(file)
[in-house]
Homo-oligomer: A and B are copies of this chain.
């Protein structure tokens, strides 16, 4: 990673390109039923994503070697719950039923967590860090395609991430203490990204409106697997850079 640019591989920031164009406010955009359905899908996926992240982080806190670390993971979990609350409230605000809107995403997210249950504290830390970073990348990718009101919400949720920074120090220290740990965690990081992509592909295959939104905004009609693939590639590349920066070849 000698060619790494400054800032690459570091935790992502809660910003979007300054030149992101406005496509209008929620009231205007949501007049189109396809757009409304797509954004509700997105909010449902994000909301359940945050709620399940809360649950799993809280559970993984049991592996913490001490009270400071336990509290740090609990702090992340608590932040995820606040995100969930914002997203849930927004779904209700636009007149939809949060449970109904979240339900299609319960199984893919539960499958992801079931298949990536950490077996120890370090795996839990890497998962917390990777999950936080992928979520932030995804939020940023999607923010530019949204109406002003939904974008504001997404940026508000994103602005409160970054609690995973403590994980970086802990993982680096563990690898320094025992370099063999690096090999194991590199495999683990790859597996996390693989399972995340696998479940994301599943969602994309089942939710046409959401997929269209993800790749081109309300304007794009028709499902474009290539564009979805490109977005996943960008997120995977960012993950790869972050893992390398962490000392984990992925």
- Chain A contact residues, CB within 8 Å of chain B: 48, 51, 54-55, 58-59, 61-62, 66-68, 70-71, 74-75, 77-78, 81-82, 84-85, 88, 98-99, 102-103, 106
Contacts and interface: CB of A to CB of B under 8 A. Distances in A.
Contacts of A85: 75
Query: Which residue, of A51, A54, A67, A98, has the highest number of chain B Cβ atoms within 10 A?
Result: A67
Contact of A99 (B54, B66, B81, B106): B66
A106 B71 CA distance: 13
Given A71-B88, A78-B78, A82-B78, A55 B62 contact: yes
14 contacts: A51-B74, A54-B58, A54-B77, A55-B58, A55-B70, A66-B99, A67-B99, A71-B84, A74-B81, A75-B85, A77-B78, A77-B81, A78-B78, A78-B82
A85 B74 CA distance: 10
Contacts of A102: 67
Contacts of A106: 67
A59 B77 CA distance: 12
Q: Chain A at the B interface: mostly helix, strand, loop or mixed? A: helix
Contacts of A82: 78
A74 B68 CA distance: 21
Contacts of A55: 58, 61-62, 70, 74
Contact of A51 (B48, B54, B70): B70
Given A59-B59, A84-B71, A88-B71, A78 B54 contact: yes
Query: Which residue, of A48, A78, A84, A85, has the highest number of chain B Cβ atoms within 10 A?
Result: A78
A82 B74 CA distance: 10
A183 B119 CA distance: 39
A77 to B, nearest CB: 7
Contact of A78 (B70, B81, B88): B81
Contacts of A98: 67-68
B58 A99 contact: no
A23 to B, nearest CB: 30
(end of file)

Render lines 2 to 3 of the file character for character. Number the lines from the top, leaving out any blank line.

Homo-oligomer: A and B are copies of this chain.
């Protein structure tokens, strides 16, 4: 990673390109039923994503070697719950039923967590860090395609991430203490990204409106697997850079 640019591989920031164009406010955009359905899908996926992240982080806190670390993971979990609350409230605000809107995403997210249950504290830390970073990348990718009101919400949720920074120090220290740990965690990081992509592909295959939104905004009609693939590639590349920066070849 000698060619790494400054800032690459570091935790992502809660910003979007300054030149992101406005496509209008929620009231205007949501007049189109396809757009409304797509954004509700997105909010449902994000909301359940945050709620399940809360649950799993809280559970993984049991592996913490001490009270400071336990509290740090609990702090992340608590932040995820606040995100969930914002997203849930927004779904209700636009007149939809949060449970109904979240339900299609319960199984893919539960499958992801079931298949990536950490077996120890370090795996839990890497998962917390990777999950936080992928979520932030995804939020940023999607923010530019949204109406002003939904974008504001997404940026508000994103602005409160970054609690995973403590994980970086802990993982680096563990690898320094025992370099063999690096090999194991590199495999683990790859597996996390693989399972995340696998479940994301599943969602994309089942939710046409959401997929269209993800790749081109309300304007794009028709499902474009290539564009979805490109977005996943960008997120995977960012993950790869972050893992390398962490000392984990992925």